Tate today announced that it plans to reopen all four of its galleries on 27 July 2020.
People will once again be able to visit the national collection of art on display at Tate Britain, Tate Modern, Tate Liverpool and Tate St Ives, featuring hundreds of artworks from across the centuries and around the world.
Guided by the latest official advice, Tate is currently working hard on its preparations to welcome the public back to its galleries. To manage numbers and ensure everyone can keep a safe distance from each other, all visitors, including Members, will need to book a timed ticket online in advance.
Tickets will be available from next week at tate.org.uk alongside the latest information and guidance on how to visit. Visitors can follow Tate’s social media or register for email updates to hear details as and when they are confirmed.
As well as the collection displays at all four Tate galleries, Tate Modern will reopen with Andy Warhol and Kara Walker’s Hyundai Commission Fons Americanus.
Tate Britain will reopen with Aubrey Beardsley and Steve McQueen’s Year 3 installation. Tate Liverpool will unveil new work by Mikhail Karikis, and Tate St Ives will reopen the Naum Gabo exhibition.
Maria Balshaw, Director, Tate said: “We’re all looking forward to welcoming visitors back to Tate. Art and culture play vital roles in our lives, and many of us have been craving that irreplaceable feeling of being face-to-face with a great work of art. Our number one priority remains that everyone stays safe and well, so we will continue to monitor the situation in the weeks ahead, work closely with Government and colleagues, and make all the changes necessary for a safe reopening.”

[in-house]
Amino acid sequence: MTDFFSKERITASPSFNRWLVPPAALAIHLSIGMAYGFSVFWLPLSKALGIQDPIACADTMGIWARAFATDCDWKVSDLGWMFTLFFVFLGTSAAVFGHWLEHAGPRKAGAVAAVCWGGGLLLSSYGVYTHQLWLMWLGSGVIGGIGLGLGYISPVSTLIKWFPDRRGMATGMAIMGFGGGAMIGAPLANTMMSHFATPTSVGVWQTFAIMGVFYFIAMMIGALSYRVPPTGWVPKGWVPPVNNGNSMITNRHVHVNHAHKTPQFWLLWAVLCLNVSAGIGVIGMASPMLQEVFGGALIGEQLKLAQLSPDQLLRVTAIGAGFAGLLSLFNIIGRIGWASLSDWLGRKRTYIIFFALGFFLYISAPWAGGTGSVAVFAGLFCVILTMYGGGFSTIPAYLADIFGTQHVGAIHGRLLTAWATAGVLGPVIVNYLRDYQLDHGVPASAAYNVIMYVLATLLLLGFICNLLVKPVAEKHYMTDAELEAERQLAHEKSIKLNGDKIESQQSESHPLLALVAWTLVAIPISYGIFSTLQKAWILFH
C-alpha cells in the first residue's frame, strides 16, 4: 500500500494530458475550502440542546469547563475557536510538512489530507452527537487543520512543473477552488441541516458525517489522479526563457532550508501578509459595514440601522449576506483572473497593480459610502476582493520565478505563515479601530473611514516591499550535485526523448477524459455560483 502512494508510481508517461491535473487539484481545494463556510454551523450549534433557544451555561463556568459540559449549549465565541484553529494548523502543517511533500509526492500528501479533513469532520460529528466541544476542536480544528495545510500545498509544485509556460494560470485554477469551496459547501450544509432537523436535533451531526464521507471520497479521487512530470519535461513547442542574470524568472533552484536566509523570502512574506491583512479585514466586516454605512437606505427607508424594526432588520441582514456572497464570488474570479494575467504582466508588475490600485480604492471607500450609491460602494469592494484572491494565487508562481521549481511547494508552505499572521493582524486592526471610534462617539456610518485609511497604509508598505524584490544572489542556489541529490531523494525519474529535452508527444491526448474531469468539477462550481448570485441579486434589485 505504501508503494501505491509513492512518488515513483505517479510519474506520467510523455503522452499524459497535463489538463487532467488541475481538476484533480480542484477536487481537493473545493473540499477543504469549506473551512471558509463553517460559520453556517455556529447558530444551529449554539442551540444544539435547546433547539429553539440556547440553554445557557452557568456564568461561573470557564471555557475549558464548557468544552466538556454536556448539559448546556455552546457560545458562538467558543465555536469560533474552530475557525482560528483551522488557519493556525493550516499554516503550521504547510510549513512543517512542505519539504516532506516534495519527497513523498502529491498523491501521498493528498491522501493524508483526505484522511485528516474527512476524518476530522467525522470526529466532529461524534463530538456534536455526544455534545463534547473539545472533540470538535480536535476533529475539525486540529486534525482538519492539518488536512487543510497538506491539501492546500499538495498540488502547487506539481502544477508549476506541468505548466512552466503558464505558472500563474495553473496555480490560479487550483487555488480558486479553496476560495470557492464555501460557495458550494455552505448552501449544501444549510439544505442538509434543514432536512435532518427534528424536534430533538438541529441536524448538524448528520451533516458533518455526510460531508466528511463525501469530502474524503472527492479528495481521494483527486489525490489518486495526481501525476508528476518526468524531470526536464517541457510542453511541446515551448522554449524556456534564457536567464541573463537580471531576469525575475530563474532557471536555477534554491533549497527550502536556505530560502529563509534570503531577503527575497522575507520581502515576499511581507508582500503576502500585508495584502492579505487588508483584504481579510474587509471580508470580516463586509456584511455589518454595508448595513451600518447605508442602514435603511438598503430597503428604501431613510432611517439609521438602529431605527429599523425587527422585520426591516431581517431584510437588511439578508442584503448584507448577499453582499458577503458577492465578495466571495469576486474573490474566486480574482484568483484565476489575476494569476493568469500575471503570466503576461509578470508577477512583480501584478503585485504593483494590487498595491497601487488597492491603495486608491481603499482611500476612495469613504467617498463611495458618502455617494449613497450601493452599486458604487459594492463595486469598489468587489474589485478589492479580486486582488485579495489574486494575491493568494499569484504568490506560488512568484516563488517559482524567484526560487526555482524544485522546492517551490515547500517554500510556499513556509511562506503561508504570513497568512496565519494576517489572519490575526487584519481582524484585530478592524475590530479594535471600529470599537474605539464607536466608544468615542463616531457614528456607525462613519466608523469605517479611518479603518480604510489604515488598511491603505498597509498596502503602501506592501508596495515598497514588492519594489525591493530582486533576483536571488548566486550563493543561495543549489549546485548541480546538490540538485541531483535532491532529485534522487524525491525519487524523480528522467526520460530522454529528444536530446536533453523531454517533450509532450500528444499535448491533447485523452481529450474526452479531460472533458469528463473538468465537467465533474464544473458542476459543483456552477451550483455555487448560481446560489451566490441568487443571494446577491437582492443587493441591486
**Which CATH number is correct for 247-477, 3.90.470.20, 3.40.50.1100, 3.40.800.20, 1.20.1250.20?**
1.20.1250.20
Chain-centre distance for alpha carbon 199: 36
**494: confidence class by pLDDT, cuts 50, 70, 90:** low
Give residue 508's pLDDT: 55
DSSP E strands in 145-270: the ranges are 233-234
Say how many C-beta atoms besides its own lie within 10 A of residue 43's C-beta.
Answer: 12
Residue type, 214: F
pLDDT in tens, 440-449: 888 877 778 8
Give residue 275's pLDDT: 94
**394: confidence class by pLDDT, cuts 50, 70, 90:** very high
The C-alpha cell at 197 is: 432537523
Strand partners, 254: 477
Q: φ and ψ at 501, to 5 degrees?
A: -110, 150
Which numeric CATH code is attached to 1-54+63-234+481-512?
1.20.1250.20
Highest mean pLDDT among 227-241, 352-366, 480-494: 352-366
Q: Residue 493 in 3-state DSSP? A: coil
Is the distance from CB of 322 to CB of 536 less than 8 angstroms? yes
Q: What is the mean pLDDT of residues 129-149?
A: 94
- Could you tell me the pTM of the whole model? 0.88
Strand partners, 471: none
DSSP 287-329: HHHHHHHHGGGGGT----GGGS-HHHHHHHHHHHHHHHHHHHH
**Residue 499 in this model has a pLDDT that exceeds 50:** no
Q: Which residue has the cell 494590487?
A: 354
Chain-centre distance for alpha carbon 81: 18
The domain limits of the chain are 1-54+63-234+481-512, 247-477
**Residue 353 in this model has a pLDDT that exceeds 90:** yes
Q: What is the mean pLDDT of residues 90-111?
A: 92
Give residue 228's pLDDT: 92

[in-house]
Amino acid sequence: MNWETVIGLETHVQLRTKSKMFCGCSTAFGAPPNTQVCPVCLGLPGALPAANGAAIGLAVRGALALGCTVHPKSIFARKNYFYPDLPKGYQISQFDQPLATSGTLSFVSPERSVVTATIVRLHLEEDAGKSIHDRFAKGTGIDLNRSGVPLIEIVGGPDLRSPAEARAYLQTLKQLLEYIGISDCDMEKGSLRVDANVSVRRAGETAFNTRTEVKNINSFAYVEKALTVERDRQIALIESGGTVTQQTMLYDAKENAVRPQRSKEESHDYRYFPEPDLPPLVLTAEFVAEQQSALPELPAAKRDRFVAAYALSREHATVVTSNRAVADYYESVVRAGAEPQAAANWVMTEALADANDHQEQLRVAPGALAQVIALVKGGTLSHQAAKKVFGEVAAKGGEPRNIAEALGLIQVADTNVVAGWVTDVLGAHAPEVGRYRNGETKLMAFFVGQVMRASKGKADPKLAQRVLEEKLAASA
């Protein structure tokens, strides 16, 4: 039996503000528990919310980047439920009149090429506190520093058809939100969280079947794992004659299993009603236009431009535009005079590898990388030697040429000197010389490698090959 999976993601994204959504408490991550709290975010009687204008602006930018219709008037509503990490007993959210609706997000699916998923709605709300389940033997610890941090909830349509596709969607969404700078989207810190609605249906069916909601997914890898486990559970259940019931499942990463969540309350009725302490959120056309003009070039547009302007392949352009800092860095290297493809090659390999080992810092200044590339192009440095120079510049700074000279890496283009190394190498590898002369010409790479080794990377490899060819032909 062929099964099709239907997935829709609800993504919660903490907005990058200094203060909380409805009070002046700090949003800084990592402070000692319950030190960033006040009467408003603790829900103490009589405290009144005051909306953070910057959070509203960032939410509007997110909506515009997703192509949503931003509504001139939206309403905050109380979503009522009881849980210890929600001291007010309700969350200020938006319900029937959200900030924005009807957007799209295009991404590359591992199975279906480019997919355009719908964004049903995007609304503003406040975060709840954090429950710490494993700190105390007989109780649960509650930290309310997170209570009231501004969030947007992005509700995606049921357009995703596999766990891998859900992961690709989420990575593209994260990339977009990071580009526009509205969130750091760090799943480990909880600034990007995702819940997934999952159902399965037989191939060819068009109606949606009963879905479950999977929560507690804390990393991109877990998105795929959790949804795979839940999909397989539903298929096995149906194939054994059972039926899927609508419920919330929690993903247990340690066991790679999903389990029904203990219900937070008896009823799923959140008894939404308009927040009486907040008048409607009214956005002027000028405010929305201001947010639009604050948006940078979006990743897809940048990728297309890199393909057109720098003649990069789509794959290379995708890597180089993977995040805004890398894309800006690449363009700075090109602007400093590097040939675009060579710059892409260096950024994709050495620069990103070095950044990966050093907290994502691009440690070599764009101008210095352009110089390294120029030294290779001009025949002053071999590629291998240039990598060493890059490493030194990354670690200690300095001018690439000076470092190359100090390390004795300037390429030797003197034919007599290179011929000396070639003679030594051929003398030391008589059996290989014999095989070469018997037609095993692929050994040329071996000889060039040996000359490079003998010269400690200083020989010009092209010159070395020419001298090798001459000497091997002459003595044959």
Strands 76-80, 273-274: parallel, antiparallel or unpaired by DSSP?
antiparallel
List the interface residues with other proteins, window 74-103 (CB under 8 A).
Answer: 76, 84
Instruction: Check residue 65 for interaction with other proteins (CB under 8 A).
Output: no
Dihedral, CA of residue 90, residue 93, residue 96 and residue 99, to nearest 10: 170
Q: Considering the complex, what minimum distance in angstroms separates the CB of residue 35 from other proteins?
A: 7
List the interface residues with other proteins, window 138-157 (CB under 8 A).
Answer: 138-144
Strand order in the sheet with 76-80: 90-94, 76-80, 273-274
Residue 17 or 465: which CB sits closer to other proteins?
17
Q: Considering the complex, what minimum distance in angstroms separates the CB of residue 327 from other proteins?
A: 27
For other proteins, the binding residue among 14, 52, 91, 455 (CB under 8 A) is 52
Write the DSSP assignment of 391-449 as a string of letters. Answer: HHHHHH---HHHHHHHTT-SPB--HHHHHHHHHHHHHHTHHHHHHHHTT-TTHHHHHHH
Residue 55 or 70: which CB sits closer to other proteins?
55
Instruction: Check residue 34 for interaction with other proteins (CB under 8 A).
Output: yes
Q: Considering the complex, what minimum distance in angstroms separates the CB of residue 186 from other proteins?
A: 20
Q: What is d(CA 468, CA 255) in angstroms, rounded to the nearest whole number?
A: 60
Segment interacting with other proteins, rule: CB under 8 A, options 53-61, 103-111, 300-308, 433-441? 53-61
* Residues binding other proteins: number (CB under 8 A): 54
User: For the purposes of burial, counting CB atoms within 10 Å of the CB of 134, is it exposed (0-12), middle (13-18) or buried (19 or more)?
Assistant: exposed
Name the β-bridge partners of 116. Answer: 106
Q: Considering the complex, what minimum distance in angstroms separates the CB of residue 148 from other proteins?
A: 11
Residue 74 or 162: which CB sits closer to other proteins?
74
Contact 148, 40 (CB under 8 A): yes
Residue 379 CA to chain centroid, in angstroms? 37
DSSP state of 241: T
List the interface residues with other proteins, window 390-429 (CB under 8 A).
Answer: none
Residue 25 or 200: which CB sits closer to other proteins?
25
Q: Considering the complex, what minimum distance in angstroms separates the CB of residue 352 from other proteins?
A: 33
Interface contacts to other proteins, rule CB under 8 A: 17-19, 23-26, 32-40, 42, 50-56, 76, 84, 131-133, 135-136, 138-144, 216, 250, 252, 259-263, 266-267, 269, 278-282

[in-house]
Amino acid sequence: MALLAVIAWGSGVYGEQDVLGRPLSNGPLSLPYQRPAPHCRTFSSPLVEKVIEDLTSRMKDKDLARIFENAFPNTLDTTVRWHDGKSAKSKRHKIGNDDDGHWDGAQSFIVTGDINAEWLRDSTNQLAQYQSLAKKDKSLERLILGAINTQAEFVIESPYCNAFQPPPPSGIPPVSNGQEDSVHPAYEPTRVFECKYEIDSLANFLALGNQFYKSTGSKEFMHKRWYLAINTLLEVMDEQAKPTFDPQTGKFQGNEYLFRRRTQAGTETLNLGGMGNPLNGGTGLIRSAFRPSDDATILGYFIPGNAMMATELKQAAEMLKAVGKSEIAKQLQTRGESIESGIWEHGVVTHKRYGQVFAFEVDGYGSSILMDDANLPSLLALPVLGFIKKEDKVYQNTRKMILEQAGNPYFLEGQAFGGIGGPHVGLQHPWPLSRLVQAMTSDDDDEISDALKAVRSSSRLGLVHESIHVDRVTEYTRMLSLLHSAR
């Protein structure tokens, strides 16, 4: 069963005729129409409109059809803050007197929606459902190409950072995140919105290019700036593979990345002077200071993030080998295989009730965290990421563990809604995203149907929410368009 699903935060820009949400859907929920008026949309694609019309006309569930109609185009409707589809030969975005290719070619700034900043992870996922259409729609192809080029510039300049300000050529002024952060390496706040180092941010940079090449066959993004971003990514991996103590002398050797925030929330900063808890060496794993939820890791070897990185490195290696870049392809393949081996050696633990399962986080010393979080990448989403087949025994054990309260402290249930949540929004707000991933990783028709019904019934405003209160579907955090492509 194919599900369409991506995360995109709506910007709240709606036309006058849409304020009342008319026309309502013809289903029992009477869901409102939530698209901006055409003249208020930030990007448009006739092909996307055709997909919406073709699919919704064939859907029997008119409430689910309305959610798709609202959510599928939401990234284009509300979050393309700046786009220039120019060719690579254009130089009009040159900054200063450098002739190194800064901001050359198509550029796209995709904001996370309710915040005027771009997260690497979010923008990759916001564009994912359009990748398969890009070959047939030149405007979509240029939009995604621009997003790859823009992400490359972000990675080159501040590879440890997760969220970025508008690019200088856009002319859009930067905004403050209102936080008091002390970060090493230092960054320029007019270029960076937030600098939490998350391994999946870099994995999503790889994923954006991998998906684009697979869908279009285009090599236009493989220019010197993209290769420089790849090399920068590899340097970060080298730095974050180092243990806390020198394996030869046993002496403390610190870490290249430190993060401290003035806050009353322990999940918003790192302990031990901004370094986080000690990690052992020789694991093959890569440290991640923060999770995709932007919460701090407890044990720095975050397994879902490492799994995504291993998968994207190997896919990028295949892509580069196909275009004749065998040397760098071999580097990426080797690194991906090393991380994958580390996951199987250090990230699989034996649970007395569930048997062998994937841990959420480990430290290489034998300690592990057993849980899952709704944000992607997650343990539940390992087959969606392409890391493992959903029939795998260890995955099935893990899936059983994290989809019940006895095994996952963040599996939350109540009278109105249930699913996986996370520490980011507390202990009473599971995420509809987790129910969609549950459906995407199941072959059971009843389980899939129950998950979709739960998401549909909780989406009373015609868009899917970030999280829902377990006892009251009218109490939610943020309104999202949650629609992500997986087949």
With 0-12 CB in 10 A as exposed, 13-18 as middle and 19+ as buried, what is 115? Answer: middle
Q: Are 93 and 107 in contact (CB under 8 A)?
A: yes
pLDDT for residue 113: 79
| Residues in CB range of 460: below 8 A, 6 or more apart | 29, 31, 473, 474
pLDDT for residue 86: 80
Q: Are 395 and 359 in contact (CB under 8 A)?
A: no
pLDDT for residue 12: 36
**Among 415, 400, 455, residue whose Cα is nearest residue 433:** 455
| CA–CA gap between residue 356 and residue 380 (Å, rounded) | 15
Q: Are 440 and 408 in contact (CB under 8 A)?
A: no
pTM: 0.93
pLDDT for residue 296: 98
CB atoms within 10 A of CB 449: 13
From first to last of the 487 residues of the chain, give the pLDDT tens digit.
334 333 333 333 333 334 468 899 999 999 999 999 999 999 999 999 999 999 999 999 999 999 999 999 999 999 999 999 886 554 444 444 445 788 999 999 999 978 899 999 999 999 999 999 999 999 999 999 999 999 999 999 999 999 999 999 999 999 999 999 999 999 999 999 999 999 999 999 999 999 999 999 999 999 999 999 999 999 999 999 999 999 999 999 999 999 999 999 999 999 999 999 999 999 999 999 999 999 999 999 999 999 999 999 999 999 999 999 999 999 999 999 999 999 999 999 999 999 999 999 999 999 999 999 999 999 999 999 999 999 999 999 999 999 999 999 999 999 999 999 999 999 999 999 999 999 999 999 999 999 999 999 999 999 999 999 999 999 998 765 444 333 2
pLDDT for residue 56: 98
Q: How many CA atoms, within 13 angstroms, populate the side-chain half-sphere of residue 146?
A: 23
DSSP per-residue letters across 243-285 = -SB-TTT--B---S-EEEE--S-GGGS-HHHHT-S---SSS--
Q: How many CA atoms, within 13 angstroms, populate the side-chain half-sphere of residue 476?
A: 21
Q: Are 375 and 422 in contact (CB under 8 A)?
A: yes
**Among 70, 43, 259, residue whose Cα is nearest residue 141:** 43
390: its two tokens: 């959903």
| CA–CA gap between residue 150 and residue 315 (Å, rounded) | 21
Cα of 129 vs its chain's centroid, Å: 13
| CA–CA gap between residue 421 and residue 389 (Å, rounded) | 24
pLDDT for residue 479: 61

Lionel Barber, Chair, Tate said: “My fellow trustees and I are very grateful to Tate’s dedicated staff for making this reopening possible. They have found countless new and creative ways to engage our audiences while we were closed, and they are now ensuring our world-leading collection and exhibitions can once again be seen in person. The role of our national cultural institutions feels more vital today than ever before.”
As a result of the closure, some of Tate’s upcoming exhibition programme has been modified. This autumn, Tate Britain will open Turner’s Modern World and Lynette Yiadom-Boakye, while Tate Modern will open Zanele Muholi and Bruce Nauman.
The autumn will also see Tate Liverpool open Don McCullin and Tate St Ives open Haegue Yang. Some exhibitions have been rescheduled to 2021, with new dates to be announced in due course. Talks, workshops, performances and film screenings will be replaced with a new programme of online events for the duration of this year.
Helen Legg, Director Tate Liverpool, said: “We are excited to be bringing the much-anticipated Don McCullin exhibition to Liverpool in the autumn and to be able to extend it well into 2021 so visitors have a longer chance to immerse themselves in his extraordinary images. It is also wonderful to reopen the gallery with a new commission, Ferocious Love, by Mikhail Karikis, who worked with young people to explore themes of community and togetherness as we step into a changing and uncertain future. Commissioned before the pandemic, it could not be more resonant in this moment.”
IMAGE CREDIT: Ugo Rondinone, Liverpool Mountain, 2018
Installation view at Royal Albert Dock Liverpool Photo by Rob Battersby.
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